A workshop on “Storytelling as a Way of Bridging Cultural Divides” is being organised by Christa Knellwolf King, Associate Professor of English literature at Sultan Qaboos University, Oman, and an Honorary Visiting Fellow at the University of York.
The theme of this interdisciplinary workshop is inspired by recent studies which have shown that fictional and factual narratives profoundly affect the minds of readers: they evoke empathy, stimulate reader identification, and forge relationships between readers, characters, and the cultural communities on which they are modelled. Stories are an absolutely crucial aspect of human experience, and the process of creating an active response can have many positive effects. Storytelling can be used to integrate oral memories of communities into the lived experience of the present; it can provide the basis for respectful relationships between local inhabitants and the visitors to heritage sites; and last but not least, it can provide a dialogue space in conflict zones. Here is a great opportunity for the humanities to design projects that “use” stories as a means of generating openness to otherness.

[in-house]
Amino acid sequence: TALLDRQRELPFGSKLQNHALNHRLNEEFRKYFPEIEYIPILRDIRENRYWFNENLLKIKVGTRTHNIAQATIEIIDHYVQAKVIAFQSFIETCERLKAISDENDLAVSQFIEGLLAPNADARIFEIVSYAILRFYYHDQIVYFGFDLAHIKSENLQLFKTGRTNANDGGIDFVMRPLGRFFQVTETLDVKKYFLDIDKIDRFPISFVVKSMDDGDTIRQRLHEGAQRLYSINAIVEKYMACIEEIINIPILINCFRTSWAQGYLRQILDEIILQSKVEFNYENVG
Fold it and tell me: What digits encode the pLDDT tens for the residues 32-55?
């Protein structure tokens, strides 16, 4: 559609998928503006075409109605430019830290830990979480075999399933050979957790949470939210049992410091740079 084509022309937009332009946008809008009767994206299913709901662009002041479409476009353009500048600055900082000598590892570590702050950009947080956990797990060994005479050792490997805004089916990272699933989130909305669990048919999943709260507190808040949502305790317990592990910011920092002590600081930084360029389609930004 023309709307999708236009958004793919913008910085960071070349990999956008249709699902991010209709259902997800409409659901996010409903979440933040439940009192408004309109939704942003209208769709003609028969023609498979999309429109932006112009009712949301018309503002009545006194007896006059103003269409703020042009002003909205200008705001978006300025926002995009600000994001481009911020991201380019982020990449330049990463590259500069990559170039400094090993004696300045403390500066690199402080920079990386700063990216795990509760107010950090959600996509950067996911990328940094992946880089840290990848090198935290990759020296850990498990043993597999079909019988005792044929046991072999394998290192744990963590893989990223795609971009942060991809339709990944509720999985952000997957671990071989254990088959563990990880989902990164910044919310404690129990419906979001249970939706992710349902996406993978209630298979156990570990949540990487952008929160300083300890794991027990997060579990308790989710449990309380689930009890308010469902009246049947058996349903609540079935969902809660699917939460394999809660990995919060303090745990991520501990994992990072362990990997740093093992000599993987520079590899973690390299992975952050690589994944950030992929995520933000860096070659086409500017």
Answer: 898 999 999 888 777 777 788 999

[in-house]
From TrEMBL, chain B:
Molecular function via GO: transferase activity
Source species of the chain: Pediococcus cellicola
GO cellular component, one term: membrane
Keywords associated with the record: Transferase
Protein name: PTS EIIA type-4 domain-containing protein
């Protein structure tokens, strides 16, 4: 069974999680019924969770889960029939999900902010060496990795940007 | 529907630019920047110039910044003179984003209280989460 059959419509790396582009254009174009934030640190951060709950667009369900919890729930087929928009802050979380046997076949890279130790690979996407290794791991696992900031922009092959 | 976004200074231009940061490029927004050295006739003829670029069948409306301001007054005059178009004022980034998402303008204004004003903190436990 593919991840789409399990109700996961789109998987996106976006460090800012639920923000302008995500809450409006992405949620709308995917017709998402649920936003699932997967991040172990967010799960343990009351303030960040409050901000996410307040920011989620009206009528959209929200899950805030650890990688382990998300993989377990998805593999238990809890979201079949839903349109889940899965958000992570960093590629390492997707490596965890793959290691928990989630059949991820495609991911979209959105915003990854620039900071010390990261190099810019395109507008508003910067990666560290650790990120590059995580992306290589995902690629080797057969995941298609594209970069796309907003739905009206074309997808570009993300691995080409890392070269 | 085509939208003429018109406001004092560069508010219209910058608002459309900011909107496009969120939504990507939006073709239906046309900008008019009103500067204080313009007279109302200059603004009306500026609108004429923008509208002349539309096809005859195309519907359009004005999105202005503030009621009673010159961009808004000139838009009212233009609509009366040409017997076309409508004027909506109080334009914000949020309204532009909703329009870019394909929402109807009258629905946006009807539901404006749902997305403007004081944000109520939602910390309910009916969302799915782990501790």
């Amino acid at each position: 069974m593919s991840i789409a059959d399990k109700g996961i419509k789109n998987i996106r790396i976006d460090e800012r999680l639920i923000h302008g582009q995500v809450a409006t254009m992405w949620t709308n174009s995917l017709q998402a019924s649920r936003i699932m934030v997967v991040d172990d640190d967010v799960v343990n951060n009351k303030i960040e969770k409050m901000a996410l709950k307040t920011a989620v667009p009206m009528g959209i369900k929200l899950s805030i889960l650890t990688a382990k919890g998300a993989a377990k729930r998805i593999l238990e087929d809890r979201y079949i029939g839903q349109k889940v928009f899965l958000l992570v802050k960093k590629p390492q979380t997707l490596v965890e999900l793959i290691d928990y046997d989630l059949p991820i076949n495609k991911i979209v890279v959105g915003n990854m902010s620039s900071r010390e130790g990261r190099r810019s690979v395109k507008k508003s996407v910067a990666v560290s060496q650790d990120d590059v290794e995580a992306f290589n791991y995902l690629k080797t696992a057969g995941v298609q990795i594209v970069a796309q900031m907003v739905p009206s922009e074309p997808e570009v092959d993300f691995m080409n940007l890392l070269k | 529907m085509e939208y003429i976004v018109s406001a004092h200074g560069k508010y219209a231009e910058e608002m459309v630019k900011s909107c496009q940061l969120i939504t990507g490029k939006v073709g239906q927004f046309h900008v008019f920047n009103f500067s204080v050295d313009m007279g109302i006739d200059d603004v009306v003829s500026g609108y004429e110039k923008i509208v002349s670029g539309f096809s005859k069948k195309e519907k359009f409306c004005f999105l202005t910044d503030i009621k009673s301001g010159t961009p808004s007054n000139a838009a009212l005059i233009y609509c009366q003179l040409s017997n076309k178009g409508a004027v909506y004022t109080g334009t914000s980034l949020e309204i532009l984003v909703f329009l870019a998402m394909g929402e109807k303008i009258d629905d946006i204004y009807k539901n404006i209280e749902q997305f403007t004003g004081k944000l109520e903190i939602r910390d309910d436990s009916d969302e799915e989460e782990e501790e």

The workshop explores the many positive effects of engaging creatively with stories, told in written and oral form, and in film as well as other media. It invites its participants to create initiatives that apply the principles of experience design in order to engender understanding and respect for cultural differences, without attempting to control audience responses. A further aim of the workshop is to initiate an interdisciplinary research project between the UK and the Middle East. Contributions are invited from colleagues working in the fields of literature, film and media studies, linguistics, cultural heritage, tourism, history, translation, development studies, peace studies, and related disciplines.
Please email a proposal of 200-300 words to Christa Knellwolf King by 15 May 2018. Please also feel free to send comments and suggestions.
The workshop will take place on 6 June 2018, 9 – 2pm, at the Humanities Research Centre, University of York.